Manhart does its magic on the limited-edition Mini JCW GP3 hot hatch.
The Mini Cooper John Cooper Works GP3 announced in November of last year is only the third Mini with the GP tag. Moreover, it’s the fastest production Mini ever, sharing the same engine as parent company BMW’s M135i.
Who’s to look at a turbocharged 2.0-liter 4-cylinder engine producing 306 hp and 450 Nm of torque in a lightweight hatchback (1255kg) and say ‘not enough’? I mean, the Volkswagen Polo GTI only manages 197 hp, and so does the Ford Fiesta ST. And many consider these models as benchmarks for performance hatchbacks. The answer, of course, would be the Germans, specifically the team at Manhart. And if you can do what Manhart has done, you certainly get to name it.
Manhart has created the JCW GP3 ‘F350’, a mind-blowing reworking of the latest Mini. It features an ECU tuned by Dutch Mini specialist Beek Auto Racing and an Airtec intercooler. Moreover, some add-ons include a carbon intake and downpipe, a particulate filter delete pipe, and a reworked cat-back exhaust system from Manhart featuring ‘four-stage flap control.’
And what do you get for all these? 350 ps and 530 Nm of torque. Not too shabby, right? Unfortunately, we have no official performance numbers for the Manhart version. However, the factory model does 0-60 in 5 seconds and reaches 165 mph (265 km/h).
Furthermore, AST Suspension springs lower the ride height 20mm front / 15mm back. The Manhart Concave One matte black wheels wrapped with 235/30 ZR19 tires look quite stunning, too. Manhart also added a huge spoiler and bulging fender flares, complementing the traditional squat look.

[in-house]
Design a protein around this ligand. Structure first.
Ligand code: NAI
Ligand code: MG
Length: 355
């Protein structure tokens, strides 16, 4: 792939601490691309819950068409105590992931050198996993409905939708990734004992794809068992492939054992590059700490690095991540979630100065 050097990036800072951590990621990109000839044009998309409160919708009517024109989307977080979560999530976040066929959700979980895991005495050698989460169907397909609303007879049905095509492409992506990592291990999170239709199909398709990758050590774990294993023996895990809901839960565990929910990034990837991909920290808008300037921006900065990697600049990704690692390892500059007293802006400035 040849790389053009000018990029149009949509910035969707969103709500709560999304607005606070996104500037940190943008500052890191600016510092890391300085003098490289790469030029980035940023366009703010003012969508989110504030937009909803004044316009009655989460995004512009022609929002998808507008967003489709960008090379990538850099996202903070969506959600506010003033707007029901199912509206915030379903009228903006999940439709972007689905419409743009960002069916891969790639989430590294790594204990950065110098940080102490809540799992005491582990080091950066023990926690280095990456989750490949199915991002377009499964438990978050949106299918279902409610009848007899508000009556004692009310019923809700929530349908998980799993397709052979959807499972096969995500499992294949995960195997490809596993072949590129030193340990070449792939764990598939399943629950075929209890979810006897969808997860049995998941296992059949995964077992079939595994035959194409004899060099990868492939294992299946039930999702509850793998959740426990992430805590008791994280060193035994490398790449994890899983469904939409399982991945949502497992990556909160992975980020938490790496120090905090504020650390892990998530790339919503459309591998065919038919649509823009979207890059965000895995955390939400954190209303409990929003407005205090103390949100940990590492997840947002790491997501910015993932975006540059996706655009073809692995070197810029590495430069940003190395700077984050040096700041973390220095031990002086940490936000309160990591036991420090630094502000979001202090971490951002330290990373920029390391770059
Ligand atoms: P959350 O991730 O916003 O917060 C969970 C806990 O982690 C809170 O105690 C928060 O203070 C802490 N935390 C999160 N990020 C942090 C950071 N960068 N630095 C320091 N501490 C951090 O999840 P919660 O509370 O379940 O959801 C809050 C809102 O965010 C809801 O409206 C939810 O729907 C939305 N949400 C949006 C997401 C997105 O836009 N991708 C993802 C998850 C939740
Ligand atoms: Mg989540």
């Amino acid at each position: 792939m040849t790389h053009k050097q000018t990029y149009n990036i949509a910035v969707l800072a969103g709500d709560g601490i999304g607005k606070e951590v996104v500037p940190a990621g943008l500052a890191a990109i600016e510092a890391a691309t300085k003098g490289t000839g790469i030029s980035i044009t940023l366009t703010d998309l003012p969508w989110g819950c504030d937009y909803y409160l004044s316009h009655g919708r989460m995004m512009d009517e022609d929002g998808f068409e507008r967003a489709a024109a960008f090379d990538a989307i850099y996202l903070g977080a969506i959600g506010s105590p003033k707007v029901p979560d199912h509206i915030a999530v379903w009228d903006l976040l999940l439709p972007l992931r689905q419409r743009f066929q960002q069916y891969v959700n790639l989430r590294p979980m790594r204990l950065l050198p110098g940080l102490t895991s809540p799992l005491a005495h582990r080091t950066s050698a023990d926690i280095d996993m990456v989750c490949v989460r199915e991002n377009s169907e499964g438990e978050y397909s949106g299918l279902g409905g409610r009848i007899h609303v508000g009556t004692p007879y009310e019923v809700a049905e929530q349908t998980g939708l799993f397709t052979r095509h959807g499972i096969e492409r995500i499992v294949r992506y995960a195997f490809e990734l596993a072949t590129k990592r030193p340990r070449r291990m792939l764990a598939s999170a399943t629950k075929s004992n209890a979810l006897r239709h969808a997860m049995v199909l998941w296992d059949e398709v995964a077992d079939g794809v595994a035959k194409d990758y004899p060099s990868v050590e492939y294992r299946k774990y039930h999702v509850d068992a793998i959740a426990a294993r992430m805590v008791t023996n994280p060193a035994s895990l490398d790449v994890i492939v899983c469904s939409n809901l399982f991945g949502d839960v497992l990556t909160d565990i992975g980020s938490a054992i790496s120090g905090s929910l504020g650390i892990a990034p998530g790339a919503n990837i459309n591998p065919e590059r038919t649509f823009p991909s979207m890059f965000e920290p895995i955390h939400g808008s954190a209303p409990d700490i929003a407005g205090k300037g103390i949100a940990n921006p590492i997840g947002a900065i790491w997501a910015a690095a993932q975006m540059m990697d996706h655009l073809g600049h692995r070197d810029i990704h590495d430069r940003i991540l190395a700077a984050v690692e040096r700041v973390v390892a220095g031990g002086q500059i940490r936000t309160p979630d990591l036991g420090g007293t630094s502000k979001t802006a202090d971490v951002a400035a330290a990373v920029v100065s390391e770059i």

Manhart also brought the Dutch company JDCustoms to do the paint scheme. As a result, the Mini showcased in the pictures sports a unique full black matte wrap with decorative gold accents and stripes or in British Green with red accents. However, the tuning firm specifies that each F350 it creates will feature a unique one-off color combination.
Other upgrades are also available on request, including a digital multi-function gauge and various interior and exterior parts from Cravenspeed.
All these fancy tunings will cost you, though. Manhart’s performance upgrades total $6,683, on top of the $44,900 for the GP3. Still, when has money actually stopped a real enthusiast anyway?
More details on Manhart’s website.